Monday, 30 January 2017

Wishful Cards | ILLUSTRATED GREETING CARDS


Hola! I set up an Etsy Shop, Wishful Cards selling my own illustrated greeting cards. At the moment I have designs, ideal for Valentine's Day. Ofc I had to design some cheesy pun-themed muggle Harry Potter ones. All cards are A6, professionally printed on heavy-weight 350gsm silk paper stock + comes with a kraft envelope. Please check it out, thank you! :) 

Tuesday, 3 January 2017

All is well.


In light of recent Christmas festivities which involved a HP Marathon binge-watch, I thought I'd conjure a Harry Potter appreciation post, cos why not?

For those who have been trying but unsuccessfully to get hold of Harry Potter and The Cursed Child tickets, I know the feeling. After failing to get tickets and being 150K in queue for five hours, the prospect of going was v.slim. I even dedicated my Friday 1pm to eagerly joining the soul-crushing 'Friday Forty' raffle for months. Months. 

However, it'a good thing my bff, Sharon is a lucky one, eh? She only went and won tickets! Well, by winning- it wasn't even free but that's besides the point.  LY, FRIDAY FORTY. LY JK ROWLING.
So, Harry Potter and The Cursed Child was magical.  No spoilers though, cos #keepthesecrets but holy magic in five hours and two parts. After reading the play during the summer, I struggled to see how they would manage this sorcery on stage but they did it. Things moved. Disappeared. Flew. Spells happened. The Harry Potter franchise is still going strong, and rightly so.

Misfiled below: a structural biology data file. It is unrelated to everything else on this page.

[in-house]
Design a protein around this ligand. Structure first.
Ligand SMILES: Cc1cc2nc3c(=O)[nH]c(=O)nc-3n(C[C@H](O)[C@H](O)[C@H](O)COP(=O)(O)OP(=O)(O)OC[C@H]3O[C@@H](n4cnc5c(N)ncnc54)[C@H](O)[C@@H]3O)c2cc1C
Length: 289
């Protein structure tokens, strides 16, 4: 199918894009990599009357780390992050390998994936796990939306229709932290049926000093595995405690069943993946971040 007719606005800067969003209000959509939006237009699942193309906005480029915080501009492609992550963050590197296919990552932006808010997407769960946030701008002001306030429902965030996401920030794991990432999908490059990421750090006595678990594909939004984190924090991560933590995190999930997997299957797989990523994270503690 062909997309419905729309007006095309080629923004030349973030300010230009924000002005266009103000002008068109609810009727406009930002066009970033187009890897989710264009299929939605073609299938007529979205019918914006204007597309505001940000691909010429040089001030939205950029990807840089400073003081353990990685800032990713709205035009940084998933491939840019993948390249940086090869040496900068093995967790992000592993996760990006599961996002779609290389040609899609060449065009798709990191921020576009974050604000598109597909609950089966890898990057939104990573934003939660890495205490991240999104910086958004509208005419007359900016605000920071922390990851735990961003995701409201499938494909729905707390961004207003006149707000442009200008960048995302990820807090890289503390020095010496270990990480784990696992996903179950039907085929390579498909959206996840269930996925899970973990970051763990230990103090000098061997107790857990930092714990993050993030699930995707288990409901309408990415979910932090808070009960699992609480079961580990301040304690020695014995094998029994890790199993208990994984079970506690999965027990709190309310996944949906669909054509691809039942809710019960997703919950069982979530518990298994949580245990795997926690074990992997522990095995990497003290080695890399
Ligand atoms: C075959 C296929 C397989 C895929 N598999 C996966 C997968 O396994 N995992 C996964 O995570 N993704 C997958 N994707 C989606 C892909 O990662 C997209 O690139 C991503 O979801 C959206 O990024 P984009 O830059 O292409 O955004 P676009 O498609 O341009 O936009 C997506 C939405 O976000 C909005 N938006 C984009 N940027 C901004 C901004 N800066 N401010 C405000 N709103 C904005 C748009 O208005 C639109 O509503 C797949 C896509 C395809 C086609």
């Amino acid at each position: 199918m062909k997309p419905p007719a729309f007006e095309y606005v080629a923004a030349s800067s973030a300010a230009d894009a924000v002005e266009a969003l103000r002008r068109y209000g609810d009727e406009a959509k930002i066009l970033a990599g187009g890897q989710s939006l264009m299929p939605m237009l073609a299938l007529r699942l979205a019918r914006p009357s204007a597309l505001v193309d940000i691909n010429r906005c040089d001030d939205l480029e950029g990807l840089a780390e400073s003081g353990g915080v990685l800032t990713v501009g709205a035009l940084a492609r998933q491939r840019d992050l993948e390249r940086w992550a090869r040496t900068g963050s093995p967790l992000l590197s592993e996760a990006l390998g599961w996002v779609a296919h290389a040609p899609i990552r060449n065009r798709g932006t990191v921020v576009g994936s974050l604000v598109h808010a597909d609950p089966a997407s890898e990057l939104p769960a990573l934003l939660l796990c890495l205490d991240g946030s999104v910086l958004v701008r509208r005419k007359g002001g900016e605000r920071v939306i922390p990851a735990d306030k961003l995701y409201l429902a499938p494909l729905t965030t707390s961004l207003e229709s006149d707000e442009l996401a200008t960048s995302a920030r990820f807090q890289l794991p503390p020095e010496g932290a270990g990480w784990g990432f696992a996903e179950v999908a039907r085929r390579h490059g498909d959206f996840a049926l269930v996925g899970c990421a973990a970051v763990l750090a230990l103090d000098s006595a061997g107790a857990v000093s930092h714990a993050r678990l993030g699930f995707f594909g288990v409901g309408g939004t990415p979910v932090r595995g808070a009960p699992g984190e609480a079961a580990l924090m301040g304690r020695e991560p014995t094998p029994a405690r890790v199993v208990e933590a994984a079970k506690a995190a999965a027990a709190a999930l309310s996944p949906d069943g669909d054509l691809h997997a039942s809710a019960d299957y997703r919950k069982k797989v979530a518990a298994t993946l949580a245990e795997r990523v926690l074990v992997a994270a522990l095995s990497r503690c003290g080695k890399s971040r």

Just to emphasise how much of a nerdy HP fan girl I am, I've got to include my visit to Japanese Hogsmeade, back in Nov '15 where we sipped on overpriced Butterbeer and listened to a bilingual Ollivander choosing a wand for an un-enthusiastic and confused looking boy. I would have definitely been more excited, just sayin'. 

Saturday, 31 December 2016

NOV '15 | 大阪市, Osaka.


I have issues. It's been over a year since my trip to Japan and I still feel need to update it in an ocd-like manner with the exact order of my visits. Ultimate laziness needs to be left behind in 2016 and replaced with organisation skills. This is my nostalgic tribute to my visit in Osaka. ヤーホー Yaho!
Dotonburi Canal |  90's style transportation